The meaning of Serjeants

October 20, 2016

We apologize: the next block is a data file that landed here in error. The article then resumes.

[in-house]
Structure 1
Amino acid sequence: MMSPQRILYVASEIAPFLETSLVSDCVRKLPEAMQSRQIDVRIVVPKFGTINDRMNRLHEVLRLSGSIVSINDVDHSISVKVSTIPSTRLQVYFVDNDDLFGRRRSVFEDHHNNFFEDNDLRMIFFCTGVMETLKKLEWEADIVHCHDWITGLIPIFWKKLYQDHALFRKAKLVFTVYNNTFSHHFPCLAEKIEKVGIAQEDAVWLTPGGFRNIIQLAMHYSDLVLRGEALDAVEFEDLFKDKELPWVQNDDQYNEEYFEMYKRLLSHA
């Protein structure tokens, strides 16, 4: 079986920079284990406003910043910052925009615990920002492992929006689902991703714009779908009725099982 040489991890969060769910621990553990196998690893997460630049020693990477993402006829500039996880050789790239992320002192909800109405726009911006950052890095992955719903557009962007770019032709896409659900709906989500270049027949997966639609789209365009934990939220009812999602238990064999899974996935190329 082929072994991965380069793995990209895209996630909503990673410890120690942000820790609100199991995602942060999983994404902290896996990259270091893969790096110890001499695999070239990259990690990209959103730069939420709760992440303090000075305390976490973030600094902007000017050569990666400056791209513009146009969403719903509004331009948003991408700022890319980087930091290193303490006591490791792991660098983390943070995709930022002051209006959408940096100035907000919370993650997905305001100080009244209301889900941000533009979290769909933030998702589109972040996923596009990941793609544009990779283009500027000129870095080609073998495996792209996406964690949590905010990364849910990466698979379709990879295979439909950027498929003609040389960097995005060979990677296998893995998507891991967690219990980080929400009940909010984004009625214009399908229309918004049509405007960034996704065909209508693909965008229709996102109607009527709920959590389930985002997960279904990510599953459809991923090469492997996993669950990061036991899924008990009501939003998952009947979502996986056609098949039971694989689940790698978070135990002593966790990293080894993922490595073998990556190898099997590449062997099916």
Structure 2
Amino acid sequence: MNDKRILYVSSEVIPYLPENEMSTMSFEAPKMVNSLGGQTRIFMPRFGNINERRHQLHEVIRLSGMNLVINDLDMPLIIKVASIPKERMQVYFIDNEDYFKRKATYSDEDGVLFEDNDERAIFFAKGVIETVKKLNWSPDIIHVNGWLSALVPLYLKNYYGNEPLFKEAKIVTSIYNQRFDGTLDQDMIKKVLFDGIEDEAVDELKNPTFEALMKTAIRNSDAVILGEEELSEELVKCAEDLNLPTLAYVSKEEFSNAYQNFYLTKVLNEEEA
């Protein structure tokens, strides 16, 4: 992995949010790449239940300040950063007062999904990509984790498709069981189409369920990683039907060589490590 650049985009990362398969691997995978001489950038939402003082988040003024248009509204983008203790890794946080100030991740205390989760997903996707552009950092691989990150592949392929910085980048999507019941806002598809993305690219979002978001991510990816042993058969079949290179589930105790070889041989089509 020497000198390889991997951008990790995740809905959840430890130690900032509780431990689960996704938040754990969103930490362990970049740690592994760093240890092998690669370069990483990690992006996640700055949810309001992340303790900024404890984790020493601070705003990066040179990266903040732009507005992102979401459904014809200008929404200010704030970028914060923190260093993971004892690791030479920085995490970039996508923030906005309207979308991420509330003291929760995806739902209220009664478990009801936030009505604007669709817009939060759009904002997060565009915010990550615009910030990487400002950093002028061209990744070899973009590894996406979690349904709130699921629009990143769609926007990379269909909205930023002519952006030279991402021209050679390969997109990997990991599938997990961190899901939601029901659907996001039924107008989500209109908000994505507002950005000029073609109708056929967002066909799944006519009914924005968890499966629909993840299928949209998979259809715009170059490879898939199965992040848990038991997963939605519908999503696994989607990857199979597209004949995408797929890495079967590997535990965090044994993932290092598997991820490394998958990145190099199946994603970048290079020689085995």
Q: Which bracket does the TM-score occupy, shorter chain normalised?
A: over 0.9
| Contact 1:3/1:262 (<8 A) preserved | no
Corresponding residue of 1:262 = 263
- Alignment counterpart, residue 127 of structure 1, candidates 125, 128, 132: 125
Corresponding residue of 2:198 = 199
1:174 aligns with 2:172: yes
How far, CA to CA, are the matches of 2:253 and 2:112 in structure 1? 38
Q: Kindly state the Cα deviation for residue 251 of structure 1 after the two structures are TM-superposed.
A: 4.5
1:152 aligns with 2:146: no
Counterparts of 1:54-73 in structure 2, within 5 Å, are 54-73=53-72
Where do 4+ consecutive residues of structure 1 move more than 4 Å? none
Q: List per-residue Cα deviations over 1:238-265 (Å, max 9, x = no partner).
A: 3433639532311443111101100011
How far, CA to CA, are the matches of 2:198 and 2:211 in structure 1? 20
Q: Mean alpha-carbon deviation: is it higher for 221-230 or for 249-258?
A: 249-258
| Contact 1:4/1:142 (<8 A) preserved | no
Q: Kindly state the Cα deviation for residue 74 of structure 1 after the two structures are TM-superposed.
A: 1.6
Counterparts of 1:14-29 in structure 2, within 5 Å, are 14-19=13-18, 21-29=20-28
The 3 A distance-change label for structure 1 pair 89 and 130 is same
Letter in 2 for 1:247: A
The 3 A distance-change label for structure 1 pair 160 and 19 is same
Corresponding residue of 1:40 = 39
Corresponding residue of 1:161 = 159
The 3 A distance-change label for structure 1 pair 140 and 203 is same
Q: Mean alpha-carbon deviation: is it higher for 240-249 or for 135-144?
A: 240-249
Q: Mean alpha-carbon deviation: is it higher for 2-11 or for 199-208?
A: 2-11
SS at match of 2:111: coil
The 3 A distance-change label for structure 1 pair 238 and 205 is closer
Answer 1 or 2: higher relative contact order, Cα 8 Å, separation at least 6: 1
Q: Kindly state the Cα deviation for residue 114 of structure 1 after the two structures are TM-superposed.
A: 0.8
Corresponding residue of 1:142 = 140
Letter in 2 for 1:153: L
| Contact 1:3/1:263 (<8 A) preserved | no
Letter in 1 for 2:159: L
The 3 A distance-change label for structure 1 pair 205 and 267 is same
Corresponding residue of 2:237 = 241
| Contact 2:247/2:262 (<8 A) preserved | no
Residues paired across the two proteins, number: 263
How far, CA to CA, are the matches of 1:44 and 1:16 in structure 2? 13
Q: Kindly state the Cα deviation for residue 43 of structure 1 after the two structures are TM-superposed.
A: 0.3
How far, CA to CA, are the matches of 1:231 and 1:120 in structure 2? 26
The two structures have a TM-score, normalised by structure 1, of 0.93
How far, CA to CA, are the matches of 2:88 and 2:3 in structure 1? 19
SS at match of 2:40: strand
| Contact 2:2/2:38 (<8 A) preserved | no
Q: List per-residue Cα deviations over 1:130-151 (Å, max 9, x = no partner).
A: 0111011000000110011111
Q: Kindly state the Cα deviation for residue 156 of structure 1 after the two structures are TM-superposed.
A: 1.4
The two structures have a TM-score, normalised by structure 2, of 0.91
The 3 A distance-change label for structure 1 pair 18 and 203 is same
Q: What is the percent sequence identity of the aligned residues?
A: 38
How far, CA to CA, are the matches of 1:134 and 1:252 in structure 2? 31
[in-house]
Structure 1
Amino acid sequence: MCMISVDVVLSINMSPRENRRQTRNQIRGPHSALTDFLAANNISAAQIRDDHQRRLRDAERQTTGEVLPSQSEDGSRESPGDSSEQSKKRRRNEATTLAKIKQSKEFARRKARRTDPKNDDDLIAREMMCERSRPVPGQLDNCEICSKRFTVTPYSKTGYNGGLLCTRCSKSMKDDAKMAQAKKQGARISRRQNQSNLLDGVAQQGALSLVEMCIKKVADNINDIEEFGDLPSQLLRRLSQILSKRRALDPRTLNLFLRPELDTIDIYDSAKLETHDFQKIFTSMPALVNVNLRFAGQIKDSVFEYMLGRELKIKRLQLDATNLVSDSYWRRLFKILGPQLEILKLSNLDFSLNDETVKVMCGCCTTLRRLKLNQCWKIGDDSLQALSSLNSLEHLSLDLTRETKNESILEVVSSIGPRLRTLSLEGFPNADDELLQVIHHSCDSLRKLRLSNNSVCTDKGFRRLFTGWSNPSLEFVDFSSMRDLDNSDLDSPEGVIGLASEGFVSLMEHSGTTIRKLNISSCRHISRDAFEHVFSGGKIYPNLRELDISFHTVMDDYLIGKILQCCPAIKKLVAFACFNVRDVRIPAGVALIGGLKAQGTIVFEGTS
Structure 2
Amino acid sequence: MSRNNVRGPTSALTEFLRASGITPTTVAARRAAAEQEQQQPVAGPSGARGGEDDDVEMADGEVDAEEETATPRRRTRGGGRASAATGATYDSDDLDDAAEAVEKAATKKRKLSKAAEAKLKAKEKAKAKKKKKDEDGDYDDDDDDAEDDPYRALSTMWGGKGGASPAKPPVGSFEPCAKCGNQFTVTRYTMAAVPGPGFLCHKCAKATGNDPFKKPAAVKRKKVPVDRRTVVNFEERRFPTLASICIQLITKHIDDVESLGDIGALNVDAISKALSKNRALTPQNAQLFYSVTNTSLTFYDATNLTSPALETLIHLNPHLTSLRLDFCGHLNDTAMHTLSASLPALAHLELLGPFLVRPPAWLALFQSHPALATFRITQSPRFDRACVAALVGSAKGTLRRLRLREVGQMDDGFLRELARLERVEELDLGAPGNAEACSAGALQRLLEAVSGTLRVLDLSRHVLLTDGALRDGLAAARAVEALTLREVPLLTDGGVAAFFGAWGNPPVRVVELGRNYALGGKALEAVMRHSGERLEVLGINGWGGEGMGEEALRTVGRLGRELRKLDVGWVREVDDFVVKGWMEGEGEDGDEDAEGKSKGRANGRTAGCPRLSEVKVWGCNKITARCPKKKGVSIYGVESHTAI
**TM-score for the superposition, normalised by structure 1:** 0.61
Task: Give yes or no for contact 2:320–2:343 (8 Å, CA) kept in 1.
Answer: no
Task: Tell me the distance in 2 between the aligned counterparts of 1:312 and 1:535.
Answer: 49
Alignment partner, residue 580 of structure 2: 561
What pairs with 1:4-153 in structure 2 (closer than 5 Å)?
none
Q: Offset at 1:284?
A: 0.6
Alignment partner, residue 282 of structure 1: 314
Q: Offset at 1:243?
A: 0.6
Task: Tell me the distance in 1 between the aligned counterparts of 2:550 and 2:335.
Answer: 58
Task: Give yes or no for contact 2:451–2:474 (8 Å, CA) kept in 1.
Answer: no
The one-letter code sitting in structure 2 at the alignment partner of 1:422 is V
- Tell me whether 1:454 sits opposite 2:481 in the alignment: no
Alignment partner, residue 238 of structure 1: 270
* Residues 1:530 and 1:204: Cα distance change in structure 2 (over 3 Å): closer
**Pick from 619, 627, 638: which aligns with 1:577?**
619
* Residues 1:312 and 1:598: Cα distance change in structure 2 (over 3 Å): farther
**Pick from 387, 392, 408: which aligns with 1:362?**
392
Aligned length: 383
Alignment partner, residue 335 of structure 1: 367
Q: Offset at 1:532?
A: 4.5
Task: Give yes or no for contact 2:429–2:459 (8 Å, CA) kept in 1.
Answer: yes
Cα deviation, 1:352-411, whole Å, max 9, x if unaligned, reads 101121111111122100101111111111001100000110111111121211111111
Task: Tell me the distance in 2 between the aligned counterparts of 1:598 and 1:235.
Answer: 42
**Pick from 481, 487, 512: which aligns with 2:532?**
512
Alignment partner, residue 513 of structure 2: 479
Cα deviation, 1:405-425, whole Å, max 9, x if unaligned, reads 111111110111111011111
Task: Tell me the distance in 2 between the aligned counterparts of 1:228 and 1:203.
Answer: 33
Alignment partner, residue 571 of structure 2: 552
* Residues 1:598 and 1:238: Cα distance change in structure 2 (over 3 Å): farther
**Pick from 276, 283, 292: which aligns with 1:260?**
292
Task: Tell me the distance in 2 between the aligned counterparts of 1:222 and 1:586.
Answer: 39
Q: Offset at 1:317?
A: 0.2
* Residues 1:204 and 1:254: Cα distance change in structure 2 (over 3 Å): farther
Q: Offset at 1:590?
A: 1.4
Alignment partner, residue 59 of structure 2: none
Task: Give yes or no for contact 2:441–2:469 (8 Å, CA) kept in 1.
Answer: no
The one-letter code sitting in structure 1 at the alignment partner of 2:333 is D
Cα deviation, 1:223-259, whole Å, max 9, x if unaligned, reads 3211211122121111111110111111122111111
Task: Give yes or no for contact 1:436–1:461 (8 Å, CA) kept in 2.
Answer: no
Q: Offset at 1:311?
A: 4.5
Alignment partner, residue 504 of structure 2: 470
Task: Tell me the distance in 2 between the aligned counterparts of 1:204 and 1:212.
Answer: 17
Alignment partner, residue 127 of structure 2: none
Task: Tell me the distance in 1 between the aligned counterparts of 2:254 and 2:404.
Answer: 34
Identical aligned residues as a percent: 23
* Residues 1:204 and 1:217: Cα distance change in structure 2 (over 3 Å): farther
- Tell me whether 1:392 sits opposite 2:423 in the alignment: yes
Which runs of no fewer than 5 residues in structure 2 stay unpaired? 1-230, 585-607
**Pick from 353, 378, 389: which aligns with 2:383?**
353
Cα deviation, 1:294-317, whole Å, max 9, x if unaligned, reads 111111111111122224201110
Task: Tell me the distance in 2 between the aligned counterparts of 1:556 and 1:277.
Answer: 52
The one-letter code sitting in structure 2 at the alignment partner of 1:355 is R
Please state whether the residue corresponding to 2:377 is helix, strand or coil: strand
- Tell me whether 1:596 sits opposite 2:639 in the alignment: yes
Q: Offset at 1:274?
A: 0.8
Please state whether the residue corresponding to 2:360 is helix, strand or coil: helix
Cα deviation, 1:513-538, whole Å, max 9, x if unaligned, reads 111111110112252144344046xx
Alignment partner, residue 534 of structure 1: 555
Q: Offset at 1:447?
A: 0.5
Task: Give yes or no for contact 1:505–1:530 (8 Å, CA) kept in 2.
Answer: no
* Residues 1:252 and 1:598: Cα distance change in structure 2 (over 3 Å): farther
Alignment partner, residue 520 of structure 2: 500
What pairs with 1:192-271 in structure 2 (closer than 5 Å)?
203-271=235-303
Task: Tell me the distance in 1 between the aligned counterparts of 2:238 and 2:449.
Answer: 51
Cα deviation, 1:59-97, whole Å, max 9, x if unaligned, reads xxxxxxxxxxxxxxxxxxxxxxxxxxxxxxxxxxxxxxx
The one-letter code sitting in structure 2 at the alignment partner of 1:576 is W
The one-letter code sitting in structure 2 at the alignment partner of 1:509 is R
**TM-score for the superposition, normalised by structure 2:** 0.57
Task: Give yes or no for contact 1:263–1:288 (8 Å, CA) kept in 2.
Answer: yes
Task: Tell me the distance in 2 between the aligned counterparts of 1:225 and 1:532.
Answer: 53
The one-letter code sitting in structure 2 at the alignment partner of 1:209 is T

A Serjeant-at-Law, commonly known simply as a Serjeant, was a member of an order of barristers at the English bar. The position of Serjeant-at-Law was centuries old; there are writs dating to 1300 which identify them as descended from figures in France prior to the Norman Conquest. The Serjeants were the oldest formally created order in England, having been brought into existence as a body by Henry II. The order rose during the 16th century as a small, elite group of lawyers who took much of the work in the central common law courts. With the creation of Queen's Counsel during the reign of Elizabeth I, the order gradually began to decline, with each monarch opting to create more King's or Queen's Counsel. The last purely English Serjeant-at-Law was Lord Lindley, who died in 1921 (see photo).

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